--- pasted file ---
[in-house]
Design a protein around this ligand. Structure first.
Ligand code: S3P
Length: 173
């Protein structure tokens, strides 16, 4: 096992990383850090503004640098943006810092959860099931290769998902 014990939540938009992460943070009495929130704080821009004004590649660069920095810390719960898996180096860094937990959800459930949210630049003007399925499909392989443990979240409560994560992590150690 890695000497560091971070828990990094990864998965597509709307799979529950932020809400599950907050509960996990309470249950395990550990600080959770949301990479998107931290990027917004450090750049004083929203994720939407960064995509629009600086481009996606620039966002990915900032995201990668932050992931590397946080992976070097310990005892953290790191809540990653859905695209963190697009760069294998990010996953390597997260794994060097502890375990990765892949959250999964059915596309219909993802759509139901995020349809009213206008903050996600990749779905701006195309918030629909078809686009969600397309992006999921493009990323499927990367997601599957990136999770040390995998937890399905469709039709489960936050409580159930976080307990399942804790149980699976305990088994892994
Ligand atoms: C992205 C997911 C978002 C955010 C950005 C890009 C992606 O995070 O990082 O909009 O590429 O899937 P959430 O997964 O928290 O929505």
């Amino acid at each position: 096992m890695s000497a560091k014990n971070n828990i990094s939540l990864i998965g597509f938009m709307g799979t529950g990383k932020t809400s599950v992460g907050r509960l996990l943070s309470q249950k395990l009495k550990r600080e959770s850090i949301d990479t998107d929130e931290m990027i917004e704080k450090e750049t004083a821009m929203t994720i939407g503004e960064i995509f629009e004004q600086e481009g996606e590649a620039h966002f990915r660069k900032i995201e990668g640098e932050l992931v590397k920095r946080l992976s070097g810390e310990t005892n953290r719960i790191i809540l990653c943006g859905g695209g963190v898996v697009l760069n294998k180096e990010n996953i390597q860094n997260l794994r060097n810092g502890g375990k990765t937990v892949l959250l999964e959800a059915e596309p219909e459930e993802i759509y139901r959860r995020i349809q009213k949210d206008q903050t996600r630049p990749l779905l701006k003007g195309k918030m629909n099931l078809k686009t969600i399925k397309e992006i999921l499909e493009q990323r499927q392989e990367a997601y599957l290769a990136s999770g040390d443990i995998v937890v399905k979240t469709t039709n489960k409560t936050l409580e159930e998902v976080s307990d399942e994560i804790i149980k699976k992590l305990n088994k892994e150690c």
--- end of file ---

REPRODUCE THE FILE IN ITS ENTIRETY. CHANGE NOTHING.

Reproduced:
[in-house]
Design a protein around this ligand. Structure first.
Ligand code: S3P
Length: 173
């Protein structure tokens, strides 16, 4: 096992990383850090503004640098943006810092959860099931290769998902 014990939540938009992460943070009495929130704080821009004004590649660069920095810390719960898996180096860094937990959800459930949210630049003007399925499909392989443990979240409560994560992590150690 890695000497560091971070828990990094990864998965597509709307799979529950932020809400599950907050509960996990309470249950395990550990600080959770949301990479998107931290990027917004450090750049004083929203994720939407960064995509629009600086481009996606620039966002990915900032995201990668932050992931590397946080992976070097310990005892953290790191809540990653859905695209963190697009760069294998990010996953390597997260794994060097502890375990990765892949959250999964059915596309219909993802759509139901995020349809009213206008903050996600990749779905701006195309918030629909078809686009969600397309992006999921493009990323499927990367997601599957990136999770040390995998937890399905469709039709489960936050409580159930976080307990399942804790149980699976305990088994892994
Ligand atoms: C992205 C997911 C978002 C955010 C950005 C890009 C992606 O995070 O990082 O909009 O590429 O899937 P959430 O997964 O928290 O929505």
């Amino acid at each position: 096992m890695s000497a560091k014990n971070n828990i990094s939540l990864i998965g597509f938009m709307g799979t529950g990383k932020t809400s599950v992460g907050r509960l996990l943070s309470q249950k395990l009495k550990r600080e959770s850090i949301d990479t998107d929130e931290m990027i917004e704080k450090e750049t004083a821009m929203t994720i939407g503004e960064i995509f629009e004004q600086e481009g996606e590649a620039h966002f990915r660069k900032i995201e990668g640098e932050l992931v590397k920095r946080l992976s070097g810390e310990t005892n953290r719960i790191i809540l990653c943006g859905g695209g963190v898996v697009l760069n294998k180096e990010n996953i390597q860094n997260l794994r060097n810092g502890g375990k990765t937990v892949l959250l999964e959800a059915e596309p219909e459930e993802i759509y139901r959860r995020i349809q009213k949210d206008q903050t996600r630049p990749l779905l701006k003007g195309k918030m629909n099931l078809k686009t969600i399925k397309e992006i999921l499909e493009q990323r499927q392989e990367a997601y599957l290769a990136s999770g040390d443990i995998v937890v399905k979240t469709t039709n489960k409560t936050l409580e159930e998902v976080s307990d399942e994560i804790i149980k699976k992590l305990n088994k892994e150690c």